Washington Life Magazine
Washington Life Magazine

Going Home to Mount Vernon



Our history books don't generally point out that there were two long years between the American victory at the Battle of Yorktown and the actual end of the war. General George Washington was painfully aware of the delay because he had to keep his troops battle-ready in New Jersey until the Treaty of Paris, which officially ended the war and gave the new country its independence, was finally signed. So, from October 1781 until November 1783, Washington waited with his soldiers, when all he wanted was to be home with his wife and family at his beloved Mount Vernon.

Washington's home was to him what Monticello became to his colleague, Thomas Jeffersonthe center of his spiritual universe. Like Jefferson, he was a consummate renovator who oversaw every detail of construction and improvements. And now, Washington was especially anxious to get home to Mount Vernon; he had visited his family home only once during the entire period of war, and saw that the farms were falling into neglect and the Georgian house, with its wood siding carved to look like stone, was badly in need of repair.

Before the war, George and Martha Washington entertained regularly at Mount Vernon, especially during the Christmas season when family and friends gathered around the dinner table to enjoy good food and drink. Martha's holiday table was famous for meat pie and "great Cake". The meat pie was said to include turkey, goose, chicken, partridge, pigeon, hare, woodcocks and moor game. The "great Cake" was a giant brandy-soaked fruitcake whose recipe started out with "Take 40 eggs and 4 pounds of butter..." When Washington got word that the treaty was signed in late November 1783, he knew he had much to do before he could start the trip home for Christmas. He had to officially accept transfer of power from the British troops in New York, bid farewell to his own soldiers and officers, and resign his commission to the Continental Congress in Annapolis, Maryland.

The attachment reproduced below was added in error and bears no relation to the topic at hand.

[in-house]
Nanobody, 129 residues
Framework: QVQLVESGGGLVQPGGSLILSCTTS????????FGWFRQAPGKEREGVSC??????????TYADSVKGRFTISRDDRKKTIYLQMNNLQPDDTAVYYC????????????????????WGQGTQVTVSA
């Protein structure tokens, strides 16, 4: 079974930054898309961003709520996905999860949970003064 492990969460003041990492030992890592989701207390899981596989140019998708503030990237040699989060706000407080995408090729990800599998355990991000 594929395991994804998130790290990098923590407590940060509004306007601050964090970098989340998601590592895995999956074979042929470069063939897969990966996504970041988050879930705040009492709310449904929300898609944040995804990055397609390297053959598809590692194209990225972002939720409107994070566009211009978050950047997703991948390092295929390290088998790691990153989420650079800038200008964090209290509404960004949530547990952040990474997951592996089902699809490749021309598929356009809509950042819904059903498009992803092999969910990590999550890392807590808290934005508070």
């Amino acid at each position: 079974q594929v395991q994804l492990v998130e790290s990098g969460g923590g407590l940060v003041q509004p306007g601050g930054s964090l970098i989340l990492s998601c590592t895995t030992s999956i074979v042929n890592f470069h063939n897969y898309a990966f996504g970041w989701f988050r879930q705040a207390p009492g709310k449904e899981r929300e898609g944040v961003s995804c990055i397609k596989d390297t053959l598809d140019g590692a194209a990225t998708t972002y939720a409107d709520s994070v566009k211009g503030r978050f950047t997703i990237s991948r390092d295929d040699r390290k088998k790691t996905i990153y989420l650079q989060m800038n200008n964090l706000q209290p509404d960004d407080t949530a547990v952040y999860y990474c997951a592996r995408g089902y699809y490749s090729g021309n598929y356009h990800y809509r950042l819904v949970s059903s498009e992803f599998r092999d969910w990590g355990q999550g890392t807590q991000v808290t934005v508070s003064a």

In his book "General Washington's Christmas Farewell," historian Stanley Weintraub describes the emotional visit Washington made to his troops at Fraunces Tavern in New York City. Washington was so choked up he couldn't speak, so the farewell address he had prepared as a speech was published in the newspapers instead. The soldiers, like the whole country, idolized their brave and handsome 6'4'' commander, and the farewell visit left both Washington and his men in tears.

Washington then rowed across the Hudson River to New Jersey, and set out on horseback with a wagon and a few aids for the three hundred mile journey that would finally bring him home. It took him four days to get to Philadelphia, where he turned in the list of expenses he had paid out of his own pocket for himself and his troops over the long years of war. The sum came to $63,315. He refused any other pay for being commanding General of the Army. From there, he went on to resign his commission to the Continental Congress in Annapolis, Maryland.


When he left Annapolis, this famously modest man believed that his service to his country was over, and that he would finally be able to return home and live the quiet life of a country gentleman. Of course, he was soon pressed back into service, first to lead the constitutional convention in 1786, and then to lead the new country. Historians say that if George Washington had not been the man he was, America might have become a monarchy. Washington's troops would have stayed with him and the adoring public would have been happy to make him their king. Washington's refusal to take the power that certainly was his at this point in history and his later insistence in limiting his service as president to two terms caused King George III to say that Washington was "the greatest character of his time".

Ironically, while years of war and public service didn't kill George Washington, his obsession with taking care of his family home did. He managed his 8000 acre estate made up of many buildings and a total of five farms with personal attention to every detail of construction, maintenance and experimentation with new farming methods. In 1799, while inspecting his farms in the rain, and then staying up to finish his paperwork in wet clothes, Washington caught a cold and died a few days later of complications. He died in the family home where he had lived off and on since the age of three, with his wife of over forty years at his side.

When you think about it, Washington spent most of his life trying to get back to Mount Vernon. He wanted to live out his life, as he described it "under my own vine and fig tree." Surely, his best homecoming must have been that Christmas of 1783, when General Washington finally got home on Christmas Eve, after having been away at war for eight and a half years.


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